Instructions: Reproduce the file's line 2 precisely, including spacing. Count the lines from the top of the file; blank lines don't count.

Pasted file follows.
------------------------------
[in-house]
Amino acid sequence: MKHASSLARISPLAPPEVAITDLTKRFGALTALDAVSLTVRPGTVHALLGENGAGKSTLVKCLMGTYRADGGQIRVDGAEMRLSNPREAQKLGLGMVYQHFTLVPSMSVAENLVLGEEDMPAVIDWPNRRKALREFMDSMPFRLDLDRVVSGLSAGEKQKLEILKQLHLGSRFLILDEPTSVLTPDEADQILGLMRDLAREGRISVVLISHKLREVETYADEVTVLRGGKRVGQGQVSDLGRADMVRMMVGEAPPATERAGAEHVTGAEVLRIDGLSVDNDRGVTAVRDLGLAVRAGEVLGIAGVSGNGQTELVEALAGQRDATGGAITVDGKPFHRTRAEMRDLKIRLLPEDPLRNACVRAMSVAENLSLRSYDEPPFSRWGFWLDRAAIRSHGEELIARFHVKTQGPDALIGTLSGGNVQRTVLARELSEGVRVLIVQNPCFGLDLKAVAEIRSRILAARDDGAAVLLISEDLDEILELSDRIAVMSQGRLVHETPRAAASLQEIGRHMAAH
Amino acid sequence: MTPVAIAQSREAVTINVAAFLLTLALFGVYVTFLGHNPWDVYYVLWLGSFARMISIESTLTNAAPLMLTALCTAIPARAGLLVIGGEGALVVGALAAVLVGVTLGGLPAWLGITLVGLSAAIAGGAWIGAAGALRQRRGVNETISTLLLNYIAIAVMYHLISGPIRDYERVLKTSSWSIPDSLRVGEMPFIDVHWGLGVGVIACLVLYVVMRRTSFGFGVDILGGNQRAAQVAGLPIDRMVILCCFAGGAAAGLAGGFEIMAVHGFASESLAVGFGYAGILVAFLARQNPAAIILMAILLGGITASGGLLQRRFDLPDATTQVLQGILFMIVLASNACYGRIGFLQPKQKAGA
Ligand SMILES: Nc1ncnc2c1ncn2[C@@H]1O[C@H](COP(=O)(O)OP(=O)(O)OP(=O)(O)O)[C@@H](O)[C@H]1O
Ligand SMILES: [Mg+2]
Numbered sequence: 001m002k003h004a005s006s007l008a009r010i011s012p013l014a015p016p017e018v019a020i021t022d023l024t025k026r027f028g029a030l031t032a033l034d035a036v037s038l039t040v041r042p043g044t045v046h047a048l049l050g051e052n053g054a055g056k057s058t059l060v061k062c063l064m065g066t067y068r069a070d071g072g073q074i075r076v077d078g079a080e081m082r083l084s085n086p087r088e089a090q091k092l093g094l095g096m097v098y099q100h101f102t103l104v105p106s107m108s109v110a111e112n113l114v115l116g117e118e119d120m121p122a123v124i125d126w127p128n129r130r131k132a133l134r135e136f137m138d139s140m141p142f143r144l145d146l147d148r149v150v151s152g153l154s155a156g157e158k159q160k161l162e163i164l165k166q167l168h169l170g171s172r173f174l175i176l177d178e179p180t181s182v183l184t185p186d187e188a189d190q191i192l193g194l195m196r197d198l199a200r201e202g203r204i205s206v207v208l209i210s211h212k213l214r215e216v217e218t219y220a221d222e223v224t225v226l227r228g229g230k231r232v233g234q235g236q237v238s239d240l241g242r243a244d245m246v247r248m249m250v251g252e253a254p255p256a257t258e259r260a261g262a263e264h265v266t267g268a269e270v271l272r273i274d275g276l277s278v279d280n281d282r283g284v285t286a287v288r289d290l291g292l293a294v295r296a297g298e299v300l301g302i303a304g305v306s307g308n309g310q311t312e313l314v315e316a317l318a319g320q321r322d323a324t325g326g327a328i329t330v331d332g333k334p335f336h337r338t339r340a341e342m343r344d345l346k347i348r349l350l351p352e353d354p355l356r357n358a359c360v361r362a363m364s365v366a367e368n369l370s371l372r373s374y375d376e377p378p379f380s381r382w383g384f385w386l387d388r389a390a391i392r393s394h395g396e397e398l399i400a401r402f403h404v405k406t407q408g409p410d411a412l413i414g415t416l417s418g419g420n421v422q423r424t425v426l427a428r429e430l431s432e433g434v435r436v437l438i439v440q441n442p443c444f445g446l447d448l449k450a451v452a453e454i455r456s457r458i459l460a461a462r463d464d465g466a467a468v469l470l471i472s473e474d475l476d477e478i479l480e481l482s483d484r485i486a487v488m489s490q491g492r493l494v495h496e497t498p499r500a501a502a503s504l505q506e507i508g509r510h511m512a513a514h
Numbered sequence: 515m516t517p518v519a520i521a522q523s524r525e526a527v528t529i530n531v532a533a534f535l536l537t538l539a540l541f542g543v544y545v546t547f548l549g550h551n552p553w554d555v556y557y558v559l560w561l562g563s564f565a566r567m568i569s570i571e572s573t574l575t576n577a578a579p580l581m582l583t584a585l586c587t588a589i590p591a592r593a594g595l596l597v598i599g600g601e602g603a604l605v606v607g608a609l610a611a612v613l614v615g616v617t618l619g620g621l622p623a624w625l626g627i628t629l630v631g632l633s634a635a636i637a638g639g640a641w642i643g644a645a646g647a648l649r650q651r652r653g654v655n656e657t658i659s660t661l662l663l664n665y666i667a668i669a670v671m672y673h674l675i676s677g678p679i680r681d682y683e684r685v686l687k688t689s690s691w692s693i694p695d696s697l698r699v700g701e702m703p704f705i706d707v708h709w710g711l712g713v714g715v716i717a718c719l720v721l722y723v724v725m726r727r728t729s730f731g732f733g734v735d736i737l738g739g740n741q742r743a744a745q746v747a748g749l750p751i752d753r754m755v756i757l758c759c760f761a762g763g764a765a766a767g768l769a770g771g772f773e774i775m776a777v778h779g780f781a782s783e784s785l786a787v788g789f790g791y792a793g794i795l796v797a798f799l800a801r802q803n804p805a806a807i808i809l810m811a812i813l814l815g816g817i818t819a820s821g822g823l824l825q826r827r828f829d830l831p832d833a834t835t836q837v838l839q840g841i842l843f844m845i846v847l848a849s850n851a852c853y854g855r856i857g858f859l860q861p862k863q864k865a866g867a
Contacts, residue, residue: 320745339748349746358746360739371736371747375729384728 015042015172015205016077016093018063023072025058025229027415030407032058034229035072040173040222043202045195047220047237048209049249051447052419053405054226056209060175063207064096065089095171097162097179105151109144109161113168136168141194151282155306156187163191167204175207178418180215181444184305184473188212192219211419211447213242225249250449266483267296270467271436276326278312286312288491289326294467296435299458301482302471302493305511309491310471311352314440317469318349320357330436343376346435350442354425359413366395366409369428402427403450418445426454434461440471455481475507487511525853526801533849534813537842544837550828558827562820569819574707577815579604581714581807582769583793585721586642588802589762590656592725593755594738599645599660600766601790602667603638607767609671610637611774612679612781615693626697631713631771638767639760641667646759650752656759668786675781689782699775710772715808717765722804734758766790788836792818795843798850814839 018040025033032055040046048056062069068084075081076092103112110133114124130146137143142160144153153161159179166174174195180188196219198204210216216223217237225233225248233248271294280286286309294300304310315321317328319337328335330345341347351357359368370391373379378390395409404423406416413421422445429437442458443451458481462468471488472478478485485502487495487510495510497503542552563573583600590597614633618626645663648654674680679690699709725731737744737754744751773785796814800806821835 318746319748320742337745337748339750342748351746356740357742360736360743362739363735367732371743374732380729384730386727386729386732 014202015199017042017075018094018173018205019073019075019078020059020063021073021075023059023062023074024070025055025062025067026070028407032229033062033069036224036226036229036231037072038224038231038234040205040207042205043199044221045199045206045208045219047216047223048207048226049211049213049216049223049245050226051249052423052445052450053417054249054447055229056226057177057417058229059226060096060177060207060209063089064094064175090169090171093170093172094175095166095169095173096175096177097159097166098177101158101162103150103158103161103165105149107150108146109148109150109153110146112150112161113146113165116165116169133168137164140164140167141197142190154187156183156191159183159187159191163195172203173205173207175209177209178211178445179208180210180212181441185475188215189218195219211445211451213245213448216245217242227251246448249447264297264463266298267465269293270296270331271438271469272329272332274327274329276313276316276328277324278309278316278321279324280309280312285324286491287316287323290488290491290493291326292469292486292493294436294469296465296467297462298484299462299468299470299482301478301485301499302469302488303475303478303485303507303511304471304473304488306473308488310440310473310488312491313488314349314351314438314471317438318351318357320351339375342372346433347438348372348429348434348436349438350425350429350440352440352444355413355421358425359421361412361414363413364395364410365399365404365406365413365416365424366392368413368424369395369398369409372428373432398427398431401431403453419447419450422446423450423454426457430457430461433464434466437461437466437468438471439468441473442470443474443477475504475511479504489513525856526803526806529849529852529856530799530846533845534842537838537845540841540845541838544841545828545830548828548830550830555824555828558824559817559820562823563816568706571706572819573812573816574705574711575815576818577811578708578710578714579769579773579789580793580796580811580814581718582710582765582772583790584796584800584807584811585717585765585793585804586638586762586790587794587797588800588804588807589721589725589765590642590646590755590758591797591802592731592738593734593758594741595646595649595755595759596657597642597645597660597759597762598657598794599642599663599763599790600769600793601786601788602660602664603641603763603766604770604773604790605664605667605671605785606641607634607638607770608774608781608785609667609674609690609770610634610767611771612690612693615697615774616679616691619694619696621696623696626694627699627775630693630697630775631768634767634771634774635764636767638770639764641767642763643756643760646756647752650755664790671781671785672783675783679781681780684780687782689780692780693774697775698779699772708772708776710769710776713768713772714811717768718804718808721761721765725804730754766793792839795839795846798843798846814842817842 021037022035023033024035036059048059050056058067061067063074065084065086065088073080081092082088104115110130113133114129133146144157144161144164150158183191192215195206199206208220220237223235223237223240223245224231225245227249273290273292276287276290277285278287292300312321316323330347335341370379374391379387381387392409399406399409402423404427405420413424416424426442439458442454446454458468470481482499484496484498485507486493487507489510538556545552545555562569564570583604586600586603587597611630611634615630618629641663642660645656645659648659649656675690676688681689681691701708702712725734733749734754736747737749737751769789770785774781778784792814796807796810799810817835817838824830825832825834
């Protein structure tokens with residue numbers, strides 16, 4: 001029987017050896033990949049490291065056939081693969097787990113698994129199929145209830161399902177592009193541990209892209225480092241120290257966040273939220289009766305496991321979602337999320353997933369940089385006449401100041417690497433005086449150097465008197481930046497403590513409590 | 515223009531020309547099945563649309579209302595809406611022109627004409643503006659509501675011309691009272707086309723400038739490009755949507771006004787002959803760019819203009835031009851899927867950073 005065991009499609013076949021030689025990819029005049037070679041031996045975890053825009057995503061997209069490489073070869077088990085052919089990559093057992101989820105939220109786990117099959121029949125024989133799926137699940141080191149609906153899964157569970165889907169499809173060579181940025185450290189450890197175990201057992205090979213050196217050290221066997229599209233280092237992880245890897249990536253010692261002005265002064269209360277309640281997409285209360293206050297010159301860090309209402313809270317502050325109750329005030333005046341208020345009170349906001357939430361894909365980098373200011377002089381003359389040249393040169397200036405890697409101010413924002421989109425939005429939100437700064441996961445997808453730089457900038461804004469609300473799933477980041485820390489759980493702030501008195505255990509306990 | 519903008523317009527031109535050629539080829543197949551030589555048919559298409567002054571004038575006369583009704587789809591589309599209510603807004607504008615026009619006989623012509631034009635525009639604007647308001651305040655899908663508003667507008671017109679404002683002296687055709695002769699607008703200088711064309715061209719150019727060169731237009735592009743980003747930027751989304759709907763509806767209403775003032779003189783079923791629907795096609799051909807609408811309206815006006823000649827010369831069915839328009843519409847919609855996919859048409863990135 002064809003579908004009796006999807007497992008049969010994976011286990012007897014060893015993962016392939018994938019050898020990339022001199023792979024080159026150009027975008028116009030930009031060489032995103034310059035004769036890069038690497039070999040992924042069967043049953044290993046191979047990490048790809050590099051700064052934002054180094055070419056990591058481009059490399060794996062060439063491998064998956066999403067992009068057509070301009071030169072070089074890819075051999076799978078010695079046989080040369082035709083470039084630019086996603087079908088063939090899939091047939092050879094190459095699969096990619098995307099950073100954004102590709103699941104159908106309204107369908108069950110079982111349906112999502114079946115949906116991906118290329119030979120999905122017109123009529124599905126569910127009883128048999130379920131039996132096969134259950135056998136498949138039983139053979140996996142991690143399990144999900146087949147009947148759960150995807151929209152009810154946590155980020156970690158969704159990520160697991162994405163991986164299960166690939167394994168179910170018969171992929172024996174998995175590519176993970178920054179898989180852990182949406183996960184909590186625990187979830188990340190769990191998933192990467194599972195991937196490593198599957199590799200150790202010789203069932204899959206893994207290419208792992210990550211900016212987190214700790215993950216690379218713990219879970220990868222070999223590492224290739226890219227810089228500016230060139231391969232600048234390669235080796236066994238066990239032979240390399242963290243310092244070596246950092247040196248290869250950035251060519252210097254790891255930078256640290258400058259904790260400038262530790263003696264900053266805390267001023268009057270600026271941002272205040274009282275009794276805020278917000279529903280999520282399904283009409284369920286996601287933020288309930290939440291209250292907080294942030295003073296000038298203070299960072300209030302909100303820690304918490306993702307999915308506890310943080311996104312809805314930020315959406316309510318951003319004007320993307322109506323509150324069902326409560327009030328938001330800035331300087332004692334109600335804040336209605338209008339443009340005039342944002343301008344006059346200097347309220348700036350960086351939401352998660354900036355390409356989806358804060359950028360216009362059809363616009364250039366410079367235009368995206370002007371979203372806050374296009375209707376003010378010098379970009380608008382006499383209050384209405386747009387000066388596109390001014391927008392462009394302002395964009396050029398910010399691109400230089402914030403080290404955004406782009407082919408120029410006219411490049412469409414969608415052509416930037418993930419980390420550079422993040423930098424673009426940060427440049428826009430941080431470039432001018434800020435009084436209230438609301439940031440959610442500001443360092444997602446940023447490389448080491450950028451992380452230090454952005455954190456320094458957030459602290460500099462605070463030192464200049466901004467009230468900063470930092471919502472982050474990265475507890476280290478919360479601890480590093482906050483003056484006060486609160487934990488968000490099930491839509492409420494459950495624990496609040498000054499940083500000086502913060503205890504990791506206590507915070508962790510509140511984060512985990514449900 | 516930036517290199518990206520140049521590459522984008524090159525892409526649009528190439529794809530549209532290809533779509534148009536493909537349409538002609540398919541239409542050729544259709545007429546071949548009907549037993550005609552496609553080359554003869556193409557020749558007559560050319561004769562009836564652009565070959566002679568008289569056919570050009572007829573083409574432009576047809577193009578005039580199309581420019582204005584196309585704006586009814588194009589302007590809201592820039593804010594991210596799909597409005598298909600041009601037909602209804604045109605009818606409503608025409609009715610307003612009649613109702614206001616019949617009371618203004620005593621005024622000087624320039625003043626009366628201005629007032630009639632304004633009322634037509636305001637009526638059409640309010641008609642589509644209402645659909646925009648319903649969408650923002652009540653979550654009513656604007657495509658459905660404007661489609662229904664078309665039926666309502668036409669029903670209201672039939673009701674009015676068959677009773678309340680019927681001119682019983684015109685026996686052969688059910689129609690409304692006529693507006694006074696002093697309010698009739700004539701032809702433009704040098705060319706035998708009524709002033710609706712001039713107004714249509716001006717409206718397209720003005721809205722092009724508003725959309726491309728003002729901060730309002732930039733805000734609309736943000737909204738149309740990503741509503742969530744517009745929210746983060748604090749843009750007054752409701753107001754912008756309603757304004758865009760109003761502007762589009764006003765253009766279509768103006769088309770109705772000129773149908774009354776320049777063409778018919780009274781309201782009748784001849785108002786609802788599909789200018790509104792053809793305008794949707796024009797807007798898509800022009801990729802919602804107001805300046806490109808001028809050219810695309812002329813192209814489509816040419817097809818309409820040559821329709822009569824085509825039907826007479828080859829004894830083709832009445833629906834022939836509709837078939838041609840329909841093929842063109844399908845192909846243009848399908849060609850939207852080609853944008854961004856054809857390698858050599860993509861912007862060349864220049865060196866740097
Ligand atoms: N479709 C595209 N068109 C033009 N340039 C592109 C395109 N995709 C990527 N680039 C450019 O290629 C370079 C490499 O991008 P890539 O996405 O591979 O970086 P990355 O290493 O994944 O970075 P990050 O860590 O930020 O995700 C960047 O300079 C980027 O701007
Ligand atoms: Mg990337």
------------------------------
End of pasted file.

Amino acid sequence: MKHASSLARISPLAPPEVAITDLTKRFGALTALDAVSLTVRPGTVHALLGENGAGKSTLVKCLMGTYRADGGQIRVDGAEMRLSNPREAQKLGLGMVYQHFTLVPSMSVAENLVLGEEDMPAVIDWPNRRKALREFMDSMPFRLDLDRVVSGLSAGEKQKLEILKQLHLGSRFLILDEPTSVLTPDEADQILGLMRDLAREGRISVVLISHKLREVETYADEVTVLRGGKRVGQGQVSDLGRADMVRMMVGEAPPATERAGAEHVTGAEVLRIDGLSVDNDRGVTAVRDLGLAVRAGEVLGIAGVSGNGQTELVEALAGQRDATGGAITVDGKPFHRTRAEMRDLKIRLLPEDPLRNACVRAMSVAENLSLRSYDEPPFSRWGFWLDRAAIRSHGEELIARFHVKTQGPDALIGTLSGGNVQRTVLARELSEGVRVLIVQNPCFGLDLKAVAEIRSRILAARDDGAAVLLISEDLDEILELSDRIAVMSQGRLVHETPRAAASLQEIGRHMAAH